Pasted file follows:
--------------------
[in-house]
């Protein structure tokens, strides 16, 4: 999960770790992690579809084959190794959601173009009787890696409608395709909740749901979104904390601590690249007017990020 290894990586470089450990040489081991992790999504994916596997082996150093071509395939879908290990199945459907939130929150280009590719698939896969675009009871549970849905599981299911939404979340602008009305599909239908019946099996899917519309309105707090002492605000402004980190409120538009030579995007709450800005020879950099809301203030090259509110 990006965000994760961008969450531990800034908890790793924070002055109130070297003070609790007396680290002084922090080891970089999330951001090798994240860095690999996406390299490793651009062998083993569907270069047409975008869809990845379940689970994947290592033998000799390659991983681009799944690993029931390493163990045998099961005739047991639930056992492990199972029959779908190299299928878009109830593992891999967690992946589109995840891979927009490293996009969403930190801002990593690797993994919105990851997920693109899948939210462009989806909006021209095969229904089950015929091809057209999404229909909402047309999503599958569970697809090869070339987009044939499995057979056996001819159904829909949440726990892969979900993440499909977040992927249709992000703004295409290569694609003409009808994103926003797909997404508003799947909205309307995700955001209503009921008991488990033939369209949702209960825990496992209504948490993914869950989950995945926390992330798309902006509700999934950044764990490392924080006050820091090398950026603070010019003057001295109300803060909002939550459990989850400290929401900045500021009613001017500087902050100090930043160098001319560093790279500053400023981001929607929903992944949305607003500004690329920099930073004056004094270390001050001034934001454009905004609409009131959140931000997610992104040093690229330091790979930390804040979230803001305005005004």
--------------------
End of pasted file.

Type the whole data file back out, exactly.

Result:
[in-house]
């Protein structure tokens, strides 16, 4: 999960770790992690579809084959190794959601173009009787890696409608395709909740749901979104904390601590690249007017990020 290894990586470089450990040489081991992790999504994916596997082996150093071509395939879908290990199945459907939130929150280009590719698939896969675009009871549970849905599981299911939404979340602008009305599909239908019946099996899917519309309105707090002492605000402004980190409120538009030579995007709450800005020879950099809301203030090259509110 990006965000994760961008969450531990800034908890790793924070002055109130070297003070609790007396680290002084922090080891970089999330951001090798994240860095690999996406390299490793651009062998083993569907270069047409975008869809990845379940689970994947290592033998000799390659991983681009799944690993029931390493163990045998099961005739047991639930056992492990199972029959779908190299299928878009109830593992891999967690992946589109995840891979927009490293996009969403930190801002990593690797993994919105990851997920693109899948939210462009989806909006021209095969229904089950015929091809057209999404229909909402047309999503599958569970697809090869070339987009044939499995057979056996001819159904829909949440726990892969979900993440499909977040992927249709992000703004295409290569694609003409009808994103926003797909997404508003799947909205309307995700955001209503009921008991488990033939369209949702209960825990496992209504948490993914869950989950995945926390992330798309902006509700999934950044764990490392924080006050820091090398950026603070010019003057001295109300803060909002939550459990989850400290929401900045500021009613001017500087902050100090930043160098001319560093790279500053400023981001929607929903992944949305607003500004690329920099930073004056004094270390001050001034934001454009905004609409009131959140931000997610992104040093690229330091790979930390804040979230803001305005005004």